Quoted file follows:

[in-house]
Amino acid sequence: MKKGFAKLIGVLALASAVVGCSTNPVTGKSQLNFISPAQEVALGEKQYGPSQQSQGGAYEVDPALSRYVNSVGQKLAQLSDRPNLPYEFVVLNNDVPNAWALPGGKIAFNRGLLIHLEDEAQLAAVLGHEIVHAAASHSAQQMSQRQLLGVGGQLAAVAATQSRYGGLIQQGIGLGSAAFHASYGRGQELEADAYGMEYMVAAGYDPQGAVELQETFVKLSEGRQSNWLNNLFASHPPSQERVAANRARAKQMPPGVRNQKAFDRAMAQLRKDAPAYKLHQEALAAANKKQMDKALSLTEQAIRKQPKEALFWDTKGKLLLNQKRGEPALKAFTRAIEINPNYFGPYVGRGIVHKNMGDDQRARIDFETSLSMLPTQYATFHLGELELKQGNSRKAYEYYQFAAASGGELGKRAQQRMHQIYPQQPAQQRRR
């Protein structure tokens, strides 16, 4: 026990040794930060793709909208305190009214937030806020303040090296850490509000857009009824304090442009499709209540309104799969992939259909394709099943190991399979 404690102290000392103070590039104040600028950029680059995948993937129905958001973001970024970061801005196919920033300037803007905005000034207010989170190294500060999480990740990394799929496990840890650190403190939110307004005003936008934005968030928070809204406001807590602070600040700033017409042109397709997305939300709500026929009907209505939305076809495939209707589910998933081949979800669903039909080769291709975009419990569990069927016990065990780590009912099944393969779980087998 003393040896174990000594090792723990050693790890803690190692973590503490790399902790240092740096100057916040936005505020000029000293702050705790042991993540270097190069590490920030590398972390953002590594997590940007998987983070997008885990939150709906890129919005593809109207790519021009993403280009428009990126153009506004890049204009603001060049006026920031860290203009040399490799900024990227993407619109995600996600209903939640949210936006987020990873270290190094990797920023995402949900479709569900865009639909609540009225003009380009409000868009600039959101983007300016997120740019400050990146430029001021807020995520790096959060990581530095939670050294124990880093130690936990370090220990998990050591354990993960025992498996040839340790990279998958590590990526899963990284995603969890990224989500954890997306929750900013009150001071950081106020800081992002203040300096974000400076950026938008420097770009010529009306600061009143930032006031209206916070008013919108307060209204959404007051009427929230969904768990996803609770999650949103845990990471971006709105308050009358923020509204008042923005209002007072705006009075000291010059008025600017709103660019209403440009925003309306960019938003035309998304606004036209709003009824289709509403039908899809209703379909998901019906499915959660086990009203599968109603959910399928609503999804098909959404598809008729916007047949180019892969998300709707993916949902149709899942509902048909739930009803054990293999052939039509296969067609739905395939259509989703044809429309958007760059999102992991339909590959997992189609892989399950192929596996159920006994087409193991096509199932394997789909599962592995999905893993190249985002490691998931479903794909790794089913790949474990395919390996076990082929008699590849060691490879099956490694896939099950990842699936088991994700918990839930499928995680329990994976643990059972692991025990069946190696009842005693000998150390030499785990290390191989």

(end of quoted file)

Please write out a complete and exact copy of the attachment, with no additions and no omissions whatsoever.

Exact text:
[in-house]
Amino acid sequence: MKKGFAKLIGVLALASAVVGCSTNPVTGKSQLNFISPAQEVALGEKQYGPSQQSQGGAYEVDPALSRYVNSVGQKLAQLSDRPNLPYEFVVLNNDVPNAWALPGGKIAFNRGLLIHLEDEAQLAAVLGHEIVHAAASHSAQQMSQRQLLGVGGQLAAVAATQSRYGGLIQQGIGLGSAAFHASYGRGQELEADAYGMEYMVAAGYDPQGAVELQETFVKLSEGRQSNWLNNLFASHPPSQERVAANRARAKQMPPGVRNQKAFDRAMAQLRKDAPAYKLHQEALAAANKKQMDKALSLTEQAIRKQPKEALFWDTKGKLLLNQKRGEPALKAFTRAIEINPNYFGPYVGRGIVHKNMGDDQRARIDFETSLSMLPTQYATFHLGELELKQGNSRKAYEYYQFAAASGGELGKRAQQRMHQIYPQQPAQQRRR
């Protein structure tokens, strides 16, 4: 026990040794930060793709909208305190009214937030806020303040090296850490509000857009009824304090442009499709209540309104799969992939259909394709099943190991399979 404690102290000392103070590039104040600028950029680059995948993937129905958001973001970024970061801005196919920033300037803007905005000034207010989170190294500060999480990740990394799929496990840890650190403190939110307004005003936008934005968030928070809204406001807590602070600040700033017409042109397709997305939300709500026929009907209505939305076809495939209707589910998933081949979800669903039909080769291709975009419990569990069927016990065990780590009912099944393969779980087998 003393040896174990000594090792723990050693790890803690190692973590503490790399902790240092740096100057916040936005505020000029000293702050705790042991993540270097190069590490920030590398972390953002590594997590940007998987983070997008885990939150709906890129919005593809109207790519021009993403280009428009990126153009506004890049204009603001060049006026920031860290203009040399490799900024990227993407619109995600996600209903939640949210936006987020990873270290190094990797920023995402949900479709569900865009639909609540009225003009380009409000868009600039959101983007300016997120740019400050990146430029001021807020995520790096959060990581530095939670050294124990880093130690936990370090220990998990050591354990993960025992498996040839340790990279998958590590990526899963990284995603969890990224989500954890997306929750900013009150001071950081106020800081992002203040300096974000400076950026938008420097770009010529009306600061009143930032006031209206916070008013919108307060209204959404007051009427929230969904768990996803609770999650949103845990990471971006709105308050009358923020509204008042923005209002007072705006009075000291010059008025600017709103660019209403440009925003309306960019938003035309998304606004036209709003009824289709509403039908899809209703379909998901019906499915959660086990009203599968109603959910399928609503999804098909959404598809008729916007047949180019892969998300709707993916949902149709899942509902048909739930009803054990293999052939039509296969067609739905395939259509989703044809429309958007760059999102992991339909590959997992189609892989399950192929596996159920006994087409193991096509199932394997789909599962592995999905893993190249985002490691998931479903794909790794089913790949474990395919390996076990082929008699590849060691490879099956490694896939099950990842699936088991994700918990839930499928995680329990994976643990059972692991025990069946190696009842005693000998150390030499785990290390191989």